When Tony Oliva broke through as the regular right fielder for the Minnesota Twins in 1964, he immediately established himself as a quality hitter.
Oliva led the American League with a .323 batting average, earning the Rookie of the Year Award and an All-Star selection as well. Oliva would earn seven more consecutive selections to the AL All-Star team as well, following up with two more batting titles (1965, 19714).
Together with Rod Carew, the two captured five batting titles for the Twins between 1964 and 1972.
Oliva's final years were hampered by a series of knee injuries, forcing him to retire in 1976 as a part-time designated hitter.
Career Stats: .304 BA, 1,216 hits, .361 OBP
When watching Hal Morris' antics at the plate, it's a wonder he could hit at all.
Morris was never in a set position while awaiting a pitch, constantly shuffling his feet from the back toward the front of the batter's box.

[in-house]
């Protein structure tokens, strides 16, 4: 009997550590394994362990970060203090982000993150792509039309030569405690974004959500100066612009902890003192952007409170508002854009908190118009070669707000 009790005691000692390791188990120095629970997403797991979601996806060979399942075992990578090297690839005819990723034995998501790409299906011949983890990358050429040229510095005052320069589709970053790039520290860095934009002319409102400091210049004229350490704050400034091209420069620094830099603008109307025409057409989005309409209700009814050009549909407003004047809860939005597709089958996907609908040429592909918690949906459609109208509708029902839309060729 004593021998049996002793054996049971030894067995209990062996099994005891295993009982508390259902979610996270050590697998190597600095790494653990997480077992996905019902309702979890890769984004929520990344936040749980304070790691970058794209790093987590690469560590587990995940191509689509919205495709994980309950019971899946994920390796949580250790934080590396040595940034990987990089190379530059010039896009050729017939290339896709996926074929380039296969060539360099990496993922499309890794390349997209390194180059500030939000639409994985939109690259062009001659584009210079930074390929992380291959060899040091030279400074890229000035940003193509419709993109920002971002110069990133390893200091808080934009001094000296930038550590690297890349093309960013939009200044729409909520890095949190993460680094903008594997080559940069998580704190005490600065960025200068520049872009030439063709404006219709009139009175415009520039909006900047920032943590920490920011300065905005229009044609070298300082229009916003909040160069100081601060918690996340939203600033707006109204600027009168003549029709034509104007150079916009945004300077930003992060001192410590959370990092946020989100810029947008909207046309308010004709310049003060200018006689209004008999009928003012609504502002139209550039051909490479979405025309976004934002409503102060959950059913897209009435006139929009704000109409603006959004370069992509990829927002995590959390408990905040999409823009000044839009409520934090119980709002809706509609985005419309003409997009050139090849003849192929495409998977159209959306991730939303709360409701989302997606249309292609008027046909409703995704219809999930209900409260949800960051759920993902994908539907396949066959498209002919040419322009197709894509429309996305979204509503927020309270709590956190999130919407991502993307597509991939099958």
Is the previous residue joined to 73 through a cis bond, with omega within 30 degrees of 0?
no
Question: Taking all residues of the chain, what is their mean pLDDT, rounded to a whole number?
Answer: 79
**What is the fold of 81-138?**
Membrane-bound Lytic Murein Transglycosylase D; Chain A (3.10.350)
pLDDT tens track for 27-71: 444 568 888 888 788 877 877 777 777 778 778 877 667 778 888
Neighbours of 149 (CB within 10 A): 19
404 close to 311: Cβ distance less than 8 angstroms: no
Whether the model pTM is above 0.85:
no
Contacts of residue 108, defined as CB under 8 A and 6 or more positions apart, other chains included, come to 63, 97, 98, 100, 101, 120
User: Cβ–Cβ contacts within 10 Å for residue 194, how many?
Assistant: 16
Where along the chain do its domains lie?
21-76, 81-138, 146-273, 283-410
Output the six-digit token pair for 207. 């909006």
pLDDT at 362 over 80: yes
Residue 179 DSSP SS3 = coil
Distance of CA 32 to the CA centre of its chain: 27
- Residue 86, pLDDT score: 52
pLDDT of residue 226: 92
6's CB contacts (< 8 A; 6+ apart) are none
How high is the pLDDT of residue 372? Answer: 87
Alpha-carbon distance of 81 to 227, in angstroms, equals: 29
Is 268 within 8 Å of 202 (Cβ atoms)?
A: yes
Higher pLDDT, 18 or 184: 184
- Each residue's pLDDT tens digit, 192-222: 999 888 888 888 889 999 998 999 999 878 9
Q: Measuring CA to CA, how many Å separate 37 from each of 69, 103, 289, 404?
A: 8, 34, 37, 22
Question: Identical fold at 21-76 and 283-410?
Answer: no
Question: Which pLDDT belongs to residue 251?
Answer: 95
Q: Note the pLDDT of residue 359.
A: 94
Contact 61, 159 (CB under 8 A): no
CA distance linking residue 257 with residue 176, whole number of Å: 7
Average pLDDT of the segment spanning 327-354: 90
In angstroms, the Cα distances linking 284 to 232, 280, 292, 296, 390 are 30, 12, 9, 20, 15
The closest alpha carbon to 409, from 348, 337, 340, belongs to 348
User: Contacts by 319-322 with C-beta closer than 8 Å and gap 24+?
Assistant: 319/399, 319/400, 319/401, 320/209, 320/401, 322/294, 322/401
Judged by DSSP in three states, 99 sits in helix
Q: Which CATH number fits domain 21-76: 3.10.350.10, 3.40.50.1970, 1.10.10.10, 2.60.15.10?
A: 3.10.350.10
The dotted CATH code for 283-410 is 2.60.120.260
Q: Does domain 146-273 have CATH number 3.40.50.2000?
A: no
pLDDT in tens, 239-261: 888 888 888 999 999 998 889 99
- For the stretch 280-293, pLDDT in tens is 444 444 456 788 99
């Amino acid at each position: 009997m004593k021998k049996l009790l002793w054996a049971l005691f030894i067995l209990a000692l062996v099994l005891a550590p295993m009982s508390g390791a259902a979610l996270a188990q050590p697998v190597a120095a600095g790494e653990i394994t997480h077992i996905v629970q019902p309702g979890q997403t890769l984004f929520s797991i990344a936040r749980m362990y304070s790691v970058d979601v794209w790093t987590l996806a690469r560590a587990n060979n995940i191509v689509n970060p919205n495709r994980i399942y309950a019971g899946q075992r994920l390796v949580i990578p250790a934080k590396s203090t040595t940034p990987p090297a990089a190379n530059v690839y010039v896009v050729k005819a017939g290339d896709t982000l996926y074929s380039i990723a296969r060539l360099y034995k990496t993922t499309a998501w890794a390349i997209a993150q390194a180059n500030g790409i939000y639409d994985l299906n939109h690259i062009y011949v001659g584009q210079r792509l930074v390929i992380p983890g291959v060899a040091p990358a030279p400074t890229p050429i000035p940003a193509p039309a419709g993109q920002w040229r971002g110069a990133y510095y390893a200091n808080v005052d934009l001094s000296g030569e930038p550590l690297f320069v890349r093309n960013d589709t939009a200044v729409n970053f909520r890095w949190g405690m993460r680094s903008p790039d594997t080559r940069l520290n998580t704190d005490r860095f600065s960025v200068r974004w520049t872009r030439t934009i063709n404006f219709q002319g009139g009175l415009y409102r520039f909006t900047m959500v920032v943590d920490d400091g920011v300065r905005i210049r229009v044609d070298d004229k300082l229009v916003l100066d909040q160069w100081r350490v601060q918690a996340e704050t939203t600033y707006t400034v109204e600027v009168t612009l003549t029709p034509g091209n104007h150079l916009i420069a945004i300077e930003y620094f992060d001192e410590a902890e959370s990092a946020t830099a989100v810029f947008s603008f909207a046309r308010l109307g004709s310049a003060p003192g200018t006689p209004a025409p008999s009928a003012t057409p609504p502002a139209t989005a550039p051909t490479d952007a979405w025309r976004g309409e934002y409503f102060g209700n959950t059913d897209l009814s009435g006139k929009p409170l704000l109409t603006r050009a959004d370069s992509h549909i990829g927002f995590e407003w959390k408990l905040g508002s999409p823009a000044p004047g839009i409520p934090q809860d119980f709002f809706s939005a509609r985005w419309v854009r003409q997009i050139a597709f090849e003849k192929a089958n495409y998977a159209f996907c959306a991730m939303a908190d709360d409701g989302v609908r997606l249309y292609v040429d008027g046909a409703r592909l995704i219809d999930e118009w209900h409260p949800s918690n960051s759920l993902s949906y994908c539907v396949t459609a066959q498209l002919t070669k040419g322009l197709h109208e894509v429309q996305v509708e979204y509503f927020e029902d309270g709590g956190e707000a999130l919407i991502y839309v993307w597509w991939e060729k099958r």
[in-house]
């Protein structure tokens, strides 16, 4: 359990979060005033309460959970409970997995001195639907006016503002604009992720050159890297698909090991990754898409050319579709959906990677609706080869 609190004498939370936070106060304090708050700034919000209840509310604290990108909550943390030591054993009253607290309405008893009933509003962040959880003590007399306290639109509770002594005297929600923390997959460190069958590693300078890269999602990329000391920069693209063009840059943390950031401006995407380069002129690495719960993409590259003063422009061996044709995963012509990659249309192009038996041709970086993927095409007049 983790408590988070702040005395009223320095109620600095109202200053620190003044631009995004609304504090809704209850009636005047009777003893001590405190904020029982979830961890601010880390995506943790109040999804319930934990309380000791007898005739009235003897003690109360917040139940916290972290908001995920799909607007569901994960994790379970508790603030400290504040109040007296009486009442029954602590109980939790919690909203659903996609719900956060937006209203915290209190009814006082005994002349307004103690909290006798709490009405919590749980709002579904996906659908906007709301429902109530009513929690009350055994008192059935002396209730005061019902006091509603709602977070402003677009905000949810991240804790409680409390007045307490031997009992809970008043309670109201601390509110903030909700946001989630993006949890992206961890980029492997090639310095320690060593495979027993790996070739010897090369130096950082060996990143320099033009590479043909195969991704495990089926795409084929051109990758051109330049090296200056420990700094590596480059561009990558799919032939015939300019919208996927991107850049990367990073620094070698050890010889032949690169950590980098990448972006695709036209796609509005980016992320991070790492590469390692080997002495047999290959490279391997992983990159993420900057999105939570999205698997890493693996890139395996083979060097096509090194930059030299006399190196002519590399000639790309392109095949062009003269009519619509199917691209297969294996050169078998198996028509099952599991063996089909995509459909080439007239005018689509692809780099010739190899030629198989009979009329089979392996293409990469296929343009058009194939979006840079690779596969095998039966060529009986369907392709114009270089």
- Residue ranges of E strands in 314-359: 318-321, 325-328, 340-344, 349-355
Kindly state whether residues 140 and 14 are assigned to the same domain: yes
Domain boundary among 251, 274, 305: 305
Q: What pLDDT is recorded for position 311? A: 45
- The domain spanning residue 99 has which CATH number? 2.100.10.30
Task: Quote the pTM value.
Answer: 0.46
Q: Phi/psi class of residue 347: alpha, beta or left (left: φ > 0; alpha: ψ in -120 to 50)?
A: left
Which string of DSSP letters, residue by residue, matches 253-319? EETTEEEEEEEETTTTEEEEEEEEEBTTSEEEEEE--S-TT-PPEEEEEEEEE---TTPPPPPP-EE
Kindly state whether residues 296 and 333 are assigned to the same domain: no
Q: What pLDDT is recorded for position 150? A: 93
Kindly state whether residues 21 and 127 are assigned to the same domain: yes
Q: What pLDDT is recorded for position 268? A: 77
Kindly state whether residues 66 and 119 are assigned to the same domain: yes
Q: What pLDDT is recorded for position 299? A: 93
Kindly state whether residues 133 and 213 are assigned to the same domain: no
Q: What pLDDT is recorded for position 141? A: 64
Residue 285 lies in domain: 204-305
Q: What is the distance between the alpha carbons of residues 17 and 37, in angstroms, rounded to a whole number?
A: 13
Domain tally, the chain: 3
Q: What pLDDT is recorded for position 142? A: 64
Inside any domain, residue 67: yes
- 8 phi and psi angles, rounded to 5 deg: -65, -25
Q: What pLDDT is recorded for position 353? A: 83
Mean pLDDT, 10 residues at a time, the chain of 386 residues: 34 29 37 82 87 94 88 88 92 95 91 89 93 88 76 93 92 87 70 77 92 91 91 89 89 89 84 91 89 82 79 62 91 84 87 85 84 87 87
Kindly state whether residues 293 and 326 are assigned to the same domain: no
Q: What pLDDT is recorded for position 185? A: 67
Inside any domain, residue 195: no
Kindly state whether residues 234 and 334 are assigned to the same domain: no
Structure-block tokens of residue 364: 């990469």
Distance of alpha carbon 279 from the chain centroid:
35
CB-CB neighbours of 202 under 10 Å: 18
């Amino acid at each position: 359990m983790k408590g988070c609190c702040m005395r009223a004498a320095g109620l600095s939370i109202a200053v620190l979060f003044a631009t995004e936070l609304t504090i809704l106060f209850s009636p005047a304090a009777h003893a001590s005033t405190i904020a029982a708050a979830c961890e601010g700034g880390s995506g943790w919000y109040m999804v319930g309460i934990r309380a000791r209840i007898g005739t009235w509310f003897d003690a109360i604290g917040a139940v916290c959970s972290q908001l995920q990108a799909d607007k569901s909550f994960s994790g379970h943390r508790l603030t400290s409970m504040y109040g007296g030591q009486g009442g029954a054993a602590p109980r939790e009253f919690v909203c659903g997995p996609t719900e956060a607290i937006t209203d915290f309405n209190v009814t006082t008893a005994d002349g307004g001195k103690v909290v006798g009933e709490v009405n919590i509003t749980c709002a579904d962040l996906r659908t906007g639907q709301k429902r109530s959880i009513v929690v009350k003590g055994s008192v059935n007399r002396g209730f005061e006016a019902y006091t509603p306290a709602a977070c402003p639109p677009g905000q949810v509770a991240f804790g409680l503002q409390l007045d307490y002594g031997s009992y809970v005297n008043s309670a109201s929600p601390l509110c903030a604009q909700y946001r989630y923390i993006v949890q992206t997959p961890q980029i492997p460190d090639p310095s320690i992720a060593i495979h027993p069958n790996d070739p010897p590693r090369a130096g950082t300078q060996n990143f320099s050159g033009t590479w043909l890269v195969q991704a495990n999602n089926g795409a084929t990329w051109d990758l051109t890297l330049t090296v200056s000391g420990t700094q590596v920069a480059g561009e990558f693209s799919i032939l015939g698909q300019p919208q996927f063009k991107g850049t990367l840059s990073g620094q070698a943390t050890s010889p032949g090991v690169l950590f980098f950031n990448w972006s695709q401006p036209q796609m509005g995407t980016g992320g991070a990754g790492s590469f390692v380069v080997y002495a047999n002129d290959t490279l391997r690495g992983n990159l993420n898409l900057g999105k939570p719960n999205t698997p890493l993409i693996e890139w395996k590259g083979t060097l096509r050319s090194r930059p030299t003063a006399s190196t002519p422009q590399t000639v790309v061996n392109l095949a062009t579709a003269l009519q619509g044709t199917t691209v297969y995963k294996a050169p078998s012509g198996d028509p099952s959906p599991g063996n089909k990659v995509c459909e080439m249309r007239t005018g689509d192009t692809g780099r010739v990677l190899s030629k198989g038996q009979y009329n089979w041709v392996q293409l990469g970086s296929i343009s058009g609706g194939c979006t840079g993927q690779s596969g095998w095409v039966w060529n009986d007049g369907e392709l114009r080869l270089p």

Yet he somehow managed to hit over .300 seven times during his career, with the ability to spray the ball effectively over the entire field.
Career Stats: .305 BA, 1,166 hits, 258 doubles
Rusty Greer spent his entire nine-year career with the Texas Rangers, establishing himself as a proficient hitter whose career was cut short by a series of devastating injuries.
Greer was a fan favorite in Arlington, particularly because of his all-out style play—a style that eventually led to crippling injuries. Nonetheless, Greer hit over .300 in five of his nine seasons, and three times collected more than 40 doubles.
Back and knee injuries finally forced Greer out of the game in 2002.
Career Stats: .306 BA, 1,562 hits, 1974 NL batting title
In looking over the careers of several players on this list, it's difficult to see how their careers seemingly went under the radar. Ralph Garr's 13 years in the majors is an example.
Garr hit over .300 five times during his career, including leading the National League with a .353 batting average in 1974, yet that was the only time Garr was ever selected for the All-Star team.